J.M.W. Turner: Sketchbooks, Drawings and Watercolours

ISBN 978-1-84976-386-8

Joseph Mallord William Turner The Grand Canal, Venice, towards the Palazzi Pisani Moretta and Barbarigo, from near the Palazzo Grimani 1840

Joseph Mallord William Turner 1775–1851
The Grand Canal, Venice, towards the Palazzi Pisani Moretta and Barbarigo, from near the Palazzo Grimani 1840
D32213
Turner Bequest CCCXVII 28
Pencil, watercolour and gouache on grey wove paper, 191 x 281 mm
Blind-stamped with Turner Bequest monogram towards bottom right
Stamped in black ‘CCCXVII – 28’ bottom right
Accepted by the nation as part of the Turner Bequest 1856
Long considered a view of the ‘Grand Canal (above the Rialto)’,1 this scene was tentatively and plausibly identified by Lindsay Stainton as ‘looking across the Grand Canal from the corner of the quay between the Pescheria and the Palazzo Brandolin towards the Ca’d’Oro (on the extreme right)’,2 north-west of the Rialto Bridge and bend. In fact, as Ian Warrell established,3 the subject is elsewhere, albeit not far away; the viewpoint is instead south-west of the bridge, looking west along the canal from its south side. To the right of centre opposite are the adjoining Palazzo Pisani Moretta and Barbarigo della Terrazza, the latter distinguished by its distinctively low wing at the entrance to the Rio di San Polo. Compare the more detailed pencil studies in the 1819 Milan to Venice sketchbook (Tate D14454; Turner Bequest CLXXV 72a) and the 1833 Venice book (Tate D32085; Turner Bequest CCCXIV 84a).4
There seem to be slight indication of the pitched roof of the Palazzo Balbi in the distance towards the left before the canal turns sharply out of sight to the south. The highest building in the generalised run of palaces on the left is apparently the Palazzo Grimani, seen from various angles elsewhere in this subsection.
Without further elaboration, in 1881 John Ruskin categorised this work among twenty-five Turner Bequest subjects ‘chiefly in Venice. Late time, extravagant, and showing some of the painter’s worst and final faults; but also, some of his peculiar gifts in a supreme degree.’5 In an unpublished catalogue of 1880 he included it as one of a smaller ‘Glorious grey [paper] group’.6 Robert Upstone has characterised the ‘restricted palette of blue, red, black and white’ as producing ‘a harmonious colour structure of great beauty’.7 In discussing a technically similar 1840 river view of Regensburg (Tate D36151; Turner Bequest CCCLXIV 294), Cecilia Powell remarked that its ‘colouring, style and technique ... have much in common with those of Turner’s grey paper drawings of Venice of a fortnight or so earlier’ (giving the present sheet as an example), with the ‘juxtaposition of different blues, purples and muted reds and the use of vigorous penwork in a variety of inks for foreground details’.8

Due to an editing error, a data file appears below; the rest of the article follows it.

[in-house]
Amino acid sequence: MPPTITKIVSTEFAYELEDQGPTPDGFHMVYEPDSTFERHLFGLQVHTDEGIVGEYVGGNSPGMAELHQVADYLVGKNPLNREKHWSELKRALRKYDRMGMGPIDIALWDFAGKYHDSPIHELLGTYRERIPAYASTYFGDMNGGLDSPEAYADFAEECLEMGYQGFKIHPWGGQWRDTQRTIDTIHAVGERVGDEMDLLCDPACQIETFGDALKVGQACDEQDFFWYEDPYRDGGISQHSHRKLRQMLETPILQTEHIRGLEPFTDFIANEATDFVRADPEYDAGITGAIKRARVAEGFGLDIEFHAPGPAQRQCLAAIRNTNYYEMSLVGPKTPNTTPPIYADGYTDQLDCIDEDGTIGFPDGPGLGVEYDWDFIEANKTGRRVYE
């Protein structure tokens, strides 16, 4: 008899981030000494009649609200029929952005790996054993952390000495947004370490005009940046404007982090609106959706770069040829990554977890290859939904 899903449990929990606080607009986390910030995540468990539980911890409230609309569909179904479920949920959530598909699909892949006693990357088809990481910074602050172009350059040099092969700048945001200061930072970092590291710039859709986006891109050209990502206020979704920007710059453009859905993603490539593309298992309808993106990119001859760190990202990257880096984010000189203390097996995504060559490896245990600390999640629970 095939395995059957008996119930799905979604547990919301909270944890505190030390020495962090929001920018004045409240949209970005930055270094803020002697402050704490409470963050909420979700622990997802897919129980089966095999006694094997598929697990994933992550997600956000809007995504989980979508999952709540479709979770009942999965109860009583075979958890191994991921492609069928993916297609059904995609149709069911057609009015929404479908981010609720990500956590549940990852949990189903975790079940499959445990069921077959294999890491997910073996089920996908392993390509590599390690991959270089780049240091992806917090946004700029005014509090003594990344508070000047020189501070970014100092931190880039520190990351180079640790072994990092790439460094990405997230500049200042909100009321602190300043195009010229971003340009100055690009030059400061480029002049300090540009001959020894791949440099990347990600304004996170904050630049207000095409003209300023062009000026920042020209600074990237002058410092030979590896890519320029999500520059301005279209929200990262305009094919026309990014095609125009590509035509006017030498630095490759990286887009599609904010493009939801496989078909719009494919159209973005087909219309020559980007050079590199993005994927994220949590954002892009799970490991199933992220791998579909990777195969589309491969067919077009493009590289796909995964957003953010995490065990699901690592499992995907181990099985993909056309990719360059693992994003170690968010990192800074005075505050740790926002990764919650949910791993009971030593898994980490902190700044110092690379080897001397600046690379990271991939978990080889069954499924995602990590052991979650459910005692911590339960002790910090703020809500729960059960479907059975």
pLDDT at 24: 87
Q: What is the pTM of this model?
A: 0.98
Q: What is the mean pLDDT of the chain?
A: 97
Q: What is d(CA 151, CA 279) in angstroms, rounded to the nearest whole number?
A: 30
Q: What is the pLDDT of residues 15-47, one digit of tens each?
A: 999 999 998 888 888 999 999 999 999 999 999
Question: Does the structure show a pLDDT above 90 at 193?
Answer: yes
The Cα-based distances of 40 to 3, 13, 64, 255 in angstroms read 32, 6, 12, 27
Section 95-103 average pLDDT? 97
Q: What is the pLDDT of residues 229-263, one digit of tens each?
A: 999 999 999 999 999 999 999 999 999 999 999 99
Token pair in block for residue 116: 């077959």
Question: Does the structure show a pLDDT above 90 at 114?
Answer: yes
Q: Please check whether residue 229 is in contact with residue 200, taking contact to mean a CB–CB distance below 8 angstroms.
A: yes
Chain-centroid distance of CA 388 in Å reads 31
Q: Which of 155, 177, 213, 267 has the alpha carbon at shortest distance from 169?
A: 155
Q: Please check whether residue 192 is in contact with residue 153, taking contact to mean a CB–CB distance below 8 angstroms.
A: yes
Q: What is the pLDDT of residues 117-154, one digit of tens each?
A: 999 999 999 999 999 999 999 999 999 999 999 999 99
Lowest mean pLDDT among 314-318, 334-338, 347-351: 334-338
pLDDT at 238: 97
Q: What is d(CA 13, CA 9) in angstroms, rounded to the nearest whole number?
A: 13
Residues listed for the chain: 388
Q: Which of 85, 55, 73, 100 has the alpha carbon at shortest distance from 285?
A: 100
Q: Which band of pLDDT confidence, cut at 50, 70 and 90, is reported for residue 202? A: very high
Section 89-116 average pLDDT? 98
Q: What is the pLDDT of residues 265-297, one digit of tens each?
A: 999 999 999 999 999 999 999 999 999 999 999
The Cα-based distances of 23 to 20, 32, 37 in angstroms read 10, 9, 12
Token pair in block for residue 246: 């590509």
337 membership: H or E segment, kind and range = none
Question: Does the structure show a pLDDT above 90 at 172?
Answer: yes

1
Cook and Wedderburn 1904, p.625; see also Finberg 1909, II, p.1025, and subsequent sources.
2
Stainton 1985, p.52; see also Upstone 1993, p.38.
3
See Warrell 2003, pp.158, 161.
4
As noted in Warrell 2003, pp.158, 264 note 17.
5
Cook and Wedderburn 1904, p.384.
6
See ibid., footnote 1.
7
Upstone 1993, p.38.
8
Powell 1995, p.166.
Technical notes:
The sheet is somewhat irregular, with the top and right-hand edges sloping inwards to the top right corner. Most of the architectural and foreground detail is defined by fine parallel black and reddish-brown strokes, described by Robert Upstone as ‘close vertical pen and ink lines’;1 however, more recently Ian Warrell has described the use of ‘a pen dipped in watercolour for details’.2 Differences of interpretation on this technical issue are not uncommon in the cataloguing of Turner’s later work, and the point often remains moot.
This is one of numerous 1840 Venice works Warrell has noted as being on ‘Bally, Ellen and Steart grey paper’ which Turner had also used on his Continental tour of 1833, including Venice, and therefore ‘the dating of some of these sheets in uncertain’ (see in particular Tate D32205–D32210; Turner Bequest CCCXVII 20–25); the following ‘seem to arise from the later visit’:3 Tate D32180–D32181, D32183–D32184, D32200–D32201, D32203–D32204, D32212, D32215, D32217 (Turner Bequest CCCXVII 1, 2, 4, 5, 15, 16, 18, 19, 27–30, 32); see also Venice: San Giorgio Maggiore and the Zitelle from the Giudecca (currently untraced)4 and The Doge’s Palace from the Bacino (private collection),5 and two further ‘half-size sheets’:6 Tate D33883 (Turner Bequest CCCXLI 183), and Shipping with Buildings, ?Venice (Fitzwilliam Museum, Cambridge).7
1
Upstone 1993, p.38; see also Powell 19995, p.166.
2
Warrell 2003, p.272.
3
‘Appendix: The papers used for Turner’s Venetian Watercolours’ (1840, section 8) in Warrell 2003, p.259.
4
Andrew Wilton, J.M.W. Turner: His Life and Work, Fribourg 1979, p.464 no.1367, reproduced.
5
Not in ibid.; Warrell 2003, fig.233 (colour).
6
Warrell 2003, p.259.
7
Andrew Wilton, J.M.W. Turner: His Life and Work, Fribourg 1979, p.423 no.1037, reproduced.
Verso:
Blank; inscribed in pencil ‘29’ above right of centre, ascending vertically; stamped in black with Turner Bequest monogram over ‘CCCXVI – 28’ towards bottom left.

Matthew Imms
September 2018

How to cite

Matthew Imms, ‘The Grand Canal, Venice, towards the Palazzi Pisani Moretta and Barbarigo, from near the Palazzo Grimani 1840 by Joseph Mallord William Turner’, catalogue entry, September 2018, in David Blayney Brown (ed.), J.M.W. Turner: Sketchbooks, Drawings and Watercolours, Tate Research Publication, December 2019, https://www.tate.org.uk/art/research-publications/jmw-turner/joseph-mallord-william-turner-the-grand-canal-venice-towards-the-palazzi-pisani-moretta-r1196447, accessed 25 January 2020.